New Controls on Cheap Alcohol

Retailers will be banned from selling alcohol below the rate of duty + VAT under new plans announced by Home Office Minister James Brokenshire. To tackle the growing concern over how cheaply some alcoholic drinks are being sold, the government intends to introduce a new proposal which would prevent retailers from selling a 1 litre bottle of vodka (37.5 per cent abv) for less than £10.71 and a 440ml can of lager (4.2 per cent abv) for less than £0.38. This is an important first step in delivering the government's commitment to ban the sale of alcohol below cost.

James Brokenshire minister for crime prevention, said:

"We know that pricing controls can help reduce alcohol-related violent crime and this is a crucial step in tackling the availability of cheap alcohol. In nearly half of all violent incidents the offender is believed to be under the influence of alcohol. That's why we believe it is right to tackle the worst instances of deep discounting.  By introducing this new measure we are sending a clear message that the government will not stand by and let drink be sold so cheaply that it leads to a greater risk of health harms or drunken violence."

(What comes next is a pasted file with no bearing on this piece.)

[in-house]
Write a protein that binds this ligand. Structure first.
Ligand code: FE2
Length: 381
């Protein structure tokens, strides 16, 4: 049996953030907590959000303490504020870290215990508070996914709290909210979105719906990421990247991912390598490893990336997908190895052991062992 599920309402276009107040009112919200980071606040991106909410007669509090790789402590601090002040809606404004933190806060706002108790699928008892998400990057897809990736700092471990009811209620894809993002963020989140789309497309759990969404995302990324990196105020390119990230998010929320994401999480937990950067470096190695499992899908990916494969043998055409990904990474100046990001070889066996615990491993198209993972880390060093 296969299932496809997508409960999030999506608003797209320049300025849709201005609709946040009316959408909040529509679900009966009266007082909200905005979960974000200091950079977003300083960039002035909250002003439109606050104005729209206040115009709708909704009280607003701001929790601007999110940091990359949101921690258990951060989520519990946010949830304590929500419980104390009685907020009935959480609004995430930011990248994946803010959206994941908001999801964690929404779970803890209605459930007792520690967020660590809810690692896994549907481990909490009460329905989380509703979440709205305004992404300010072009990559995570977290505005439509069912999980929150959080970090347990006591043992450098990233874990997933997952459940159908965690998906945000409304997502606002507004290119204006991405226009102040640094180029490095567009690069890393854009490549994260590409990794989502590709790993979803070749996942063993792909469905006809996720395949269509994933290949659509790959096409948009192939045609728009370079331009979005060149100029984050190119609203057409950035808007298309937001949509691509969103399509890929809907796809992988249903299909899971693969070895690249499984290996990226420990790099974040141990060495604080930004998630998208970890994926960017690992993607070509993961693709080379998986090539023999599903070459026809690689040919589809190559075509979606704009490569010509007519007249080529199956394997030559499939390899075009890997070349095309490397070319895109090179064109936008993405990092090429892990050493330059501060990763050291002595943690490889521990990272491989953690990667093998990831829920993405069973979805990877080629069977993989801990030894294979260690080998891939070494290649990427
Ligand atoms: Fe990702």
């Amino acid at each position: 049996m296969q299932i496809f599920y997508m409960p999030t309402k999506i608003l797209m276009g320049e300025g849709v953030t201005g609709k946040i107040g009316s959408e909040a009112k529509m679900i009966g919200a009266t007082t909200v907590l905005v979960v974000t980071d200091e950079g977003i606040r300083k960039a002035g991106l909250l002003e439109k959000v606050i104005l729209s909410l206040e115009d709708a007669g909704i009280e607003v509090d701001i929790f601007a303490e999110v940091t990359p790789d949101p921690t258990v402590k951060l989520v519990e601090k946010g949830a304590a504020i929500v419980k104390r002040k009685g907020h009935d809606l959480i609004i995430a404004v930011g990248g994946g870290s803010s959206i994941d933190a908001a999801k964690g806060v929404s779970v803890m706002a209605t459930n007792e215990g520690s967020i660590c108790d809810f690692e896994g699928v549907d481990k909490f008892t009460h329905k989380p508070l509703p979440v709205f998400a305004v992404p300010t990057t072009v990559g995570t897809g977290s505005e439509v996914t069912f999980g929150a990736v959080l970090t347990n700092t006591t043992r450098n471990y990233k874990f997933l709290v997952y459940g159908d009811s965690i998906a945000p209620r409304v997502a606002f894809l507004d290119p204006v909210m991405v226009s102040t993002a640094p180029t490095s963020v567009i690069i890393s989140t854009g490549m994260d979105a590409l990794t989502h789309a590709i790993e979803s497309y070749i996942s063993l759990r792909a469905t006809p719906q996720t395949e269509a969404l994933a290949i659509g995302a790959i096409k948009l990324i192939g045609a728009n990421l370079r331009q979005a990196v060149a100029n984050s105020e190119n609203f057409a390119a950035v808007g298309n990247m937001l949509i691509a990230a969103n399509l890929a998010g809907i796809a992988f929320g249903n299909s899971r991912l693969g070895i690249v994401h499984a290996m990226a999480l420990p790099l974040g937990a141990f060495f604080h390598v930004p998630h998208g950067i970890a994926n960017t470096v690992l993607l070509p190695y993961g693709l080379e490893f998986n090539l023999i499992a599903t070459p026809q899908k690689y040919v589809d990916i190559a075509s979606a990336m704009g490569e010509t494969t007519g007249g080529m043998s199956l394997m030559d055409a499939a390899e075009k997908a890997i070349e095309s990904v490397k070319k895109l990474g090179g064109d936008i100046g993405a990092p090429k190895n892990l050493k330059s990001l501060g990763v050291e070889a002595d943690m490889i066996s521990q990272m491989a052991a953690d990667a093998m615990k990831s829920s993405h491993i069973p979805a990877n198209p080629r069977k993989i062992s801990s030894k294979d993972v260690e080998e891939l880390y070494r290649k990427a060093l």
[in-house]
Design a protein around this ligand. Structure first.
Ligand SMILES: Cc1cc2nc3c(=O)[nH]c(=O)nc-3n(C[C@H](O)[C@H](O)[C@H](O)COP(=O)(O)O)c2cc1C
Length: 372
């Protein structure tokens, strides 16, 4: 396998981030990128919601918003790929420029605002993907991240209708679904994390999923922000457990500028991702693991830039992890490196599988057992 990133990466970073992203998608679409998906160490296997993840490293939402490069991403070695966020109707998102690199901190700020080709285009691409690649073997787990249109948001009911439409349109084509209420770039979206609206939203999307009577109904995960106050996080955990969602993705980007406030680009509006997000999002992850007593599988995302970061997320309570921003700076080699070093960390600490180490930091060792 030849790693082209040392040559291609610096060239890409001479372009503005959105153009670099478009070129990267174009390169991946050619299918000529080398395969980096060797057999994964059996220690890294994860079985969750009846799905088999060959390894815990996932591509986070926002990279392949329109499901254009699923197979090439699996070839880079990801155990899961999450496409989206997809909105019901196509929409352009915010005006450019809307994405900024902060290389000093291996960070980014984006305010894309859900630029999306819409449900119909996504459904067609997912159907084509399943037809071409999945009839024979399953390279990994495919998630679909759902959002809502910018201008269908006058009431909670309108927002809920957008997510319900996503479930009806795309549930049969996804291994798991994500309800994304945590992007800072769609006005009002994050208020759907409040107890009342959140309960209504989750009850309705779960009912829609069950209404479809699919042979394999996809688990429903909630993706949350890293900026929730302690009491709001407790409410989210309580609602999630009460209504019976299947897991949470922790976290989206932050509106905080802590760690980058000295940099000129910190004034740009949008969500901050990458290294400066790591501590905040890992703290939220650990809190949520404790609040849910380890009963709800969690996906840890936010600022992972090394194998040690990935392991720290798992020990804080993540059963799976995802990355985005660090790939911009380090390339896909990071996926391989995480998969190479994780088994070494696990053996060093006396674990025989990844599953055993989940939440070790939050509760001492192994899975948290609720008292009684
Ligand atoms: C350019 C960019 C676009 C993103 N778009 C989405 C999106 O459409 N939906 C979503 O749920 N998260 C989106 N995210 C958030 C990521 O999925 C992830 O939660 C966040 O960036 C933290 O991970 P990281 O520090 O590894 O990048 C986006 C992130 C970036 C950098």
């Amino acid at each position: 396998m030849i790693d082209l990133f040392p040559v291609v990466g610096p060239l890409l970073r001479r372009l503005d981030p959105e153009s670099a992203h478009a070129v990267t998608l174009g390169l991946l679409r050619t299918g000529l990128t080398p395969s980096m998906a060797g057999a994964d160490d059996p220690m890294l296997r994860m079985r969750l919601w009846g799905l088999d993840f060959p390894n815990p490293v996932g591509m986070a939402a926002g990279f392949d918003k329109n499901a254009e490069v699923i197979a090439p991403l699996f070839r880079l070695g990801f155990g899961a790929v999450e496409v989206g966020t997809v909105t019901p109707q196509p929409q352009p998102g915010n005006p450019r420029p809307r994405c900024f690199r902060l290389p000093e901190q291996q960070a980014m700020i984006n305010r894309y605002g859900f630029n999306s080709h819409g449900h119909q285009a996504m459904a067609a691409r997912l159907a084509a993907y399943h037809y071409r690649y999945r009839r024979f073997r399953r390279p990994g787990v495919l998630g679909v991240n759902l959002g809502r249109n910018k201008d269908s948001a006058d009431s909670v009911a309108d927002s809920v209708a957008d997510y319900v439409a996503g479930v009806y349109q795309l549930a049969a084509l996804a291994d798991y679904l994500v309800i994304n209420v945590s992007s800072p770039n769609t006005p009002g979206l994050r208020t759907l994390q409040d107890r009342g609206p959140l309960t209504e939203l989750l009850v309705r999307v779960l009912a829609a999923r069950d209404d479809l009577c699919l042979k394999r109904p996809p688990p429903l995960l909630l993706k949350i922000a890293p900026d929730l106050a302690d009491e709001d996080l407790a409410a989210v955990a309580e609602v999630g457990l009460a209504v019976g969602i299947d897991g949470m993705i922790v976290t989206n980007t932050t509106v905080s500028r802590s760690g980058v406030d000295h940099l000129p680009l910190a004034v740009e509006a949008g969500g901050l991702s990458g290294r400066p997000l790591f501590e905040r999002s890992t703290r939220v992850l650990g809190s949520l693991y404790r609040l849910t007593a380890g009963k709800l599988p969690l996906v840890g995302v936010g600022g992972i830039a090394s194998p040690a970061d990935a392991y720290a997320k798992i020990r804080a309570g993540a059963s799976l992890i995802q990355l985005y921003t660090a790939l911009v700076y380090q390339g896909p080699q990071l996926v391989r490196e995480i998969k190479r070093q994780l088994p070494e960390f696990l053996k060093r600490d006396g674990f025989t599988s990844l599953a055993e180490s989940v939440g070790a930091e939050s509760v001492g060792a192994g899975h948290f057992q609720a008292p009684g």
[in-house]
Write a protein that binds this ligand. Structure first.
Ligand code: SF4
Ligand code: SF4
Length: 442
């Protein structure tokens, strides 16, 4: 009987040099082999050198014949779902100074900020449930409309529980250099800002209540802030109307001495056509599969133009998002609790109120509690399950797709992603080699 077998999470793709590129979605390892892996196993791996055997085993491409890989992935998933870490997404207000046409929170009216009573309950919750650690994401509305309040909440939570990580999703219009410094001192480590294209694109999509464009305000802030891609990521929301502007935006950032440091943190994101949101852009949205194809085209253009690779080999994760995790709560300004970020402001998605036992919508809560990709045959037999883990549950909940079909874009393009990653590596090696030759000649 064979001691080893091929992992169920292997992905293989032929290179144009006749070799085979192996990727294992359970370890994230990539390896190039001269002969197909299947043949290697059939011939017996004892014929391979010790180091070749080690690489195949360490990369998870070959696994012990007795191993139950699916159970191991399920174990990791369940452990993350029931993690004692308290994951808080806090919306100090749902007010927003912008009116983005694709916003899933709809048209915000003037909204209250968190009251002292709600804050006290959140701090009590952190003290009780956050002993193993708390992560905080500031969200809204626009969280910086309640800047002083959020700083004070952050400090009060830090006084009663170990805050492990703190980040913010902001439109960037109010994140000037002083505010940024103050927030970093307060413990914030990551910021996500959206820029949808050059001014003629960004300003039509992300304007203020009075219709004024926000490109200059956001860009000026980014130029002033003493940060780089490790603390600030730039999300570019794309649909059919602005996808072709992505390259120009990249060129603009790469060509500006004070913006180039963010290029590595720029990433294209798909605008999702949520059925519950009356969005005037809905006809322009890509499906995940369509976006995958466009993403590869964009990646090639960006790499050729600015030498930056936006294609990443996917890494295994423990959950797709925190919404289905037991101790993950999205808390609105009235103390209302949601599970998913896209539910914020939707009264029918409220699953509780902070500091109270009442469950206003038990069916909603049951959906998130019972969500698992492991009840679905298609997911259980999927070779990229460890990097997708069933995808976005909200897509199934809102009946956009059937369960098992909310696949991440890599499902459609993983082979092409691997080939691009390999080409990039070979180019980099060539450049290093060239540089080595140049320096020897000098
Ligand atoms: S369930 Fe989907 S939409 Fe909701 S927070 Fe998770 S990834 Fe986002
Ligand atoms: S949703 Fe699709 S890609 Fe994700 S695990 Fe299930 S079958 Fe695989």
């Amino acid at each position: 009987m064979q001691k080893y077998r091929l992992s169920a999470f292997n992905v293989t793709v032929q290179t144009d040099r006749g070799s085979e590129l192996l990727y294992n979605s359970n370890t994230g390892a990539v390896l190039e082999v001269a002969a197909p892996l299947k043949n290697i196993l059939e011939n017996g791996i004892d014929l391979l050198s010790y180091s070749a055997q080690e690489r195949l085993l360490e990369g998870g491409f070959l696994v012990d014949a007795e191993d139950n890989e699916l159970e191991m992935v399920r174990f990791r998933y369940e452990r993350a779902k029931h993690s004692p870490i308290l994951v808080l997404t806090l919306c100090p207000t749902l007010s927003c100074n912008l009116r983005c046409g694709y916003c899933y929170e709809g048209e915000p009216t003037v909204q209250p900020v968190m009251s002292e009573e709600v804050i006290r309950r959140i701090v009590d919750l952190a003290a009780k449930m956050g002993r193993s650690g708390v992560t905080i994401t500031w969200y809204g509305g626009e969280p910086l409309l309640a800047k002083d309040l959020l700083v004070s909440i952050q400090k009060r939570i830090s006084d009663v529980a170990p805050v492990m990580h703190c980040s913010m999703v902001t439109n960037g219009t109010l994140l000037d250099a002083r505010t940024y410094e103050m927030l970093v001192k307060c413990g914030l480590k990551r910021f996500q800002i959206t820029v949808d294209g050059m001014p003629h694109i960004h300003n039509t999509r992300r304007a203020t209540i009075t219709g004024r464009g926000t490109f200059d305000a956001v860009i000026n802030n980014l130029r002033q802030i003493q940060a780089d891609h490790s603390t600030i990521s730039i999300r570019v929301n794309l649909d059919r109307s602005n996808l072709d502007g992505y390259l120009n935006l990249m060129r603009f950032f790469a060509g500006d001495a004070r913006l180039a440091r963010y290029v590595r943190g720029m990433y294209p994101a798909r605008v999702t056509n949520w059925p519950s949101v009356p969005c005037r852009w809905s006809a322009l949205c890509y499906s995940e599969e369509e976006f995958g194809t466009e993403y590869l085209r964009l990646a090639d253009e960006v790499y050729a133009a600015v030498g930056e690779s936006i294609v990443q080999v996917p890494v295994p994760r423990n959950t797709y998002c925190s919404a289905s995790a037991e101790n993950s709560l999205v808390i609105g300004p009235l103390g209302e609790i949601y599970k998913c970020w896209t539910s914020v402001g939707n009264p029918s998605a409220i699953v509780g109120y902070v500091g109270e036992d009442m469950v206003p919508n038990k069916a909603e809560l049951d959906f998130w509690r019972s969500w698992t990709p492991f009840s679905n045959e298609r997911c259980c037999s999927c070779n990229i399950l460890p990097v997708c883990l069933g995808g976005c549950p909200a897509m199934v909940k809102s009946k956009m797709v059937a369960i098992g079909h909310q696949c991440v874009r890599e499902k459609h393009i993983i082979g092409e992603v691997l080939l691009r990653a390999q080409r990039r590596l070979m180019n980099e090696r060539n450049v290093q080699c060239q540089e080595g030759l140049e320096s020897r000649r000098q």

As part of the considerations of how to achieve the coalition commitment to deliver a ban on below cost sales the Home Office carried out a review of alcohol pricing over the summer. The review of pricing and associated research reports, also published today, not only shows the complex nature of this issue but demonstrates a link between a rise in the price of alcohol and a reduction in alcohol harms.